Who’s more responsible for low cotton prices? U.S. farmers and their subsidies or Brazilian producers who plant more acres with no discernible market for them?
An irony of the current world supply/demand situation is that one country holds an unusually high percentage of world stocks, and, no, those stocks are not in the United States.
In fact, despite all the finger-pointing at U.S. farm programs by the Brazilian government, Oxfam and other environmental groups, world cotton stocks are expected to be low in every cotton-producing country except one: Brazil.
“A lot has been made this year by the expectations of low world stocks, whether in China, the United States or just about anyplace… except Brazil,” said Calcot’s Jarral Neeper, an agricultural economist writing in the cottonexperts.com Marketing Weekly column.
Neeper says USDA estimates 2003-04 world cotton ending stocks at 32.7 million bales, the lowest since 1994. The resulting stocks-to-use ratio of 33.4 percent is also the lowest since that year.
“However, Brazilian stocks, estimated by USDA at 4.3 million bales churns out a stocks-to-use ratio of 88 percent,” he says. “Another look at the Brazilian stocks reveals a 13 percent share of total ending world stocks… a huge number considering that local Brazilian consumption is only 3.8 percent of the world.”
Brazil’s stocks aren’t the sole reason for weak world prices, of course. Predictions of increased 2004 plantings in China and China’s attempts to slow its rampant economic growth are the primary cause.
But it’s interesting that a country that has made an international case of the United States’ rather modest subsidies should do such poor market planning that it has more than a year’s crop sitting in warehouses.
Part of the problem, Neeper points out, is the lack of infrastructure for moving the crop from the cotton-producing regions to the ports. Reports indicate Brazil’s highway system remains poor despite years of government promises to improve it.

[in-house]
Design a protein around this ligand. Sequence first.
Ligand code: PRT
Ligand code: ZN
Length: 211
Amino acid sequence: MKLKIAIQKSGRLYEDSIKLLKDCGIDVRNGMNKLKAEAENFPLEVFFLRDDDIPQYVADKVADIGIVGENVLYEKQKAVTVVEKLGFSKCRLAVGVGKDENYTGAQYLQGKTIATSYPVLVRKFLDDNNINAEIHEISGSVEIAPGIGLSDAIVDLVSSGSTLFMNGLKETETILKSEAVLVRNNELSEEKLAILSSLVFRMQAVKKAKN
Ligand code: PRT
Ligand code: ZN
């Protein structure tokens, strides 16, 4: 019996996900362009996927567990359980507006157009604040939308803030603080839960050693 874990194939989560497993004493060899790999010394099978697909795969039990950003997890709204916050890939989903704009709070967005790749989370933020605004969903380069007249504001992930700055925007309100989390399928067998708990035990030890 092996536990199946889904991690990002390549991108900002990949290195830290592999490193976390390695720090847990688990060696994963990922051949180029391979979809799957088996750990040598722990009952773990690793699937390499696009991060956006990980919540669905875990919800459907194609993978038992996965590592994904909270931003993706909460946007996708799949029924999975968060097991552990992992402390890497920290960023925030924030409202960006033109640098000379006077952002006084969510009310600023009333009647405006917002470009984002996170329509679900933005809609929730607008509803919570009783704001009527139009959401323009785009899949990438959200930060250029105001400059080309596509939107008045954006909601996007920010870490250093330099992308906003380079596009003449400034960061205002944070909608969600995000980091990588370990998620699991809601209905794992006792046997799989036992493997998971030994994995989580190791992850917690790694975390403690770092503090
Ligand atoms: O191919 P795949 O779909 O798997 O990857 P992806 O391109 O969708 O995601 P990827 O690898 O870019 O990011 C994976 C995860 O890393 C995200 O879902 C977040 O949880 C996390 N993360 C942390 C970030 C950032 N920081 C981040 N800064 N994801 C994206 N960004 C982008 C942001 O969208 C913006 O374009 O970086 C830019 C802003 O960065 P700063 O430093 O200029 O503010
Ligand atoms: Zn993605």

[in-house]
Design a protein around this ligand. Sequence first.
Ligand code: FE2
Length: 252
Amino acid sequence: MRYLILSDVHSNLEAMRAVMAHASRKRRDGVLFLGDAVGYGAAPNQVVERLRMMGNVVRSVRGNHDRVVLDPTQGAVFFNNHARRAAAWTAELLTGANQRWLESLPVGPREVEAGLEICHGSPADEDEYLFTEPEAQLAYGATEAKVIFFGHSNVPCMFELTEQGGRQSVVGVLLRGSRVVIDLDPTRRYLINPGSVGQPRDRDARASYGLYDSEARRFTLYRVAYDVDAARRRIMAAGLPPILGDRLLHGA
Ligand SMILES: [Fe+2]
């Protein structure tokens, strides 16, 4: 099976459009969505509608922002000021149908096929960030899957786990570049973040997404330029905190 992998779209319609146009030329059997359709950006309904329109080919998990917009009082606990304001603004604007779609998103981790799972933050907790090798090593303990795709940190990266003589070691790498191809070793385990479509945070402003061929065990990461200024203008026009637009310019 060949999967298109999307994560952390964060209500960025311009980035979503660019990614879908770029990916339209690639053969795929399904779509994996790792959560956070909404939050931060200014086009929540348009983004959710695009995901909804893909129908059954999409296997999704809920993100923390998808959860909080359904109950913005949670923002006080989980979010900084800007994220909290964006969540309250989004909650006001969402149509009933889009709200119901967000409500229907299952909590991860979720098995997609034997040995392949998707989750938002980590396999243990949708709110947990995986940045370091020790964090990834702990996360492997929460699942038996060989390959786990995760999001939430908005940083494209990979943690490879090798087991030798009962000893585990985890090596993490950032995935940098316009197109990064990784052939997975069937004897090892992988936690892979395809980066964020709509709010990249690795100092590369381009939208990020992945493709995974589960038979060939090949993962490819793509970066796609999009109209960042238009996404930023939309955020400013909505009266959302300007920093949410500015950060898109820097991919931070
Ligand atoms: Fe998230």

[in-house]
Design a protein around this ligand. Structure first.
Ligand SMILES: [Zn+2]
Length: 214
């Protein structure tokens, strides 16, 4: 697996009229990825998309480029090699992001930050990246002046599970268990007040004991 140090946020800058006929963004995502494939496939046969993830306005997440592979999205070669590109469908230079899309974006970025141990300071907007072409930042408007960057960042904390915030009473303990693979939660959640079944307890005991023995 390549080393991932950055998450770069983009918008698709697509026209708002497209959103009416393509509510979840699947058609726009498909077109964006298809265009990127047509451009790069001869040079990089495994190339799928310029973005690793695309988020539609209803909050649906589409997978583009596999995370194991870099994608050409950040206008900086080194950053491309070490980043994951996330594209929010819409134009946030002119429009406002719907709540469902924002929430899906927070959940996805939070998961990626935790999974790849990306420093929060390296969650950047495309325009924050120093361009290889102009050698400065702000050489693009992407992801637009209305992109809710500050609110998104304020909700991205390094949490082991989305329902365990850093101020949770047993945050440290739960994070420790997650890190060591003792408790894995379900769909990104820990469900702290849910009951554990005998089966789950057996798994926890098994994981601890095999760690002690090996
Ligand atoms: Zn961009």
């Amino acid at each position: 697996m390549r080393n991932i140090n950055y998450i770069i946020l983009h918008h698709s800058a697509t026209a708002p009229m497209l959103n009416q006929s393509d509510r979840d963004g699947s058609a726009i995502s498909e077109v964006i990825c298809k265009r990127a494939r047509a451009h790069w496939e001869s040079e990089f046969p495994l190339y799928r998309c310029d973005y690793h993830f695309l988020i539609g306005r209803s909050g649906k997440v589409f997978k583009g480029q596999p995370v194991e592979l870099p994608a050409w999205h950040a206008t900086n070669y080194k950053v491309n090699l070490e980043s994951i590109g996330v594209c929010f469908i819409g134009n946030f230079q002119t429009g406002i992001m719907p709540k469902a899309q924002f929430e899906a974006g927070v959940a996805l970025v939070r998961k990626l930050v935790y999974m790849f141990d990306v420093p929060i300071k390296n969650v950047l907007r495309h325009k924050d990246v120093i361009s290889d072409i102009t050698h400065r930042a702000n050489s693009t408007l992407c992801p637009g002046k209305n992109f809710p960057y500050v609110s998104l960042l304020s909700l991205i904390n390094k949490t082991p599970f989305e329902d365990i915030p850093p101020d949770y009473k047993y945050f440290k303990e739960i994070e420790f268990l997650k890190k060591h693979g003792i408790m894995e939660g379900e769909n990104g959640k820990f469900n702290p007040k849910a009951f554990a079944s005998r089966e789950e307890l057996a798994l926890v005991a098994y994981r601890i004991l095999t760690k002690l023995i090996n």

“No doubt the government is working feverishly to fix that problem (so much for U.S. producer subsidies), but still it won’t be enough to insure a smooth flow of goods, at least for the near future,” he says. “The result: To entice buyers to take a chance on timely delivery of goods, prices have to be very, very attractive.
“Given the massive buildup of stocks in that country with the only outlet being the export market, Brazil will continue to pressure international prices for some time.”
We could go into the Brazilian government’s low interest farm loans and export subsidies and the other schemes it uses to subsidize its agriculture, but we expect the WTO will hear about those when the United States appeals the latter’s ruling against the U.S. cotton program.
Some experts are predicting U.S. cotton plantings may have dropped to as low as 13 million acres this spring because of relatively higher corn and soybean prices. It will be interesting to see how Brazilian farmers respond when they begin planting in September and October.
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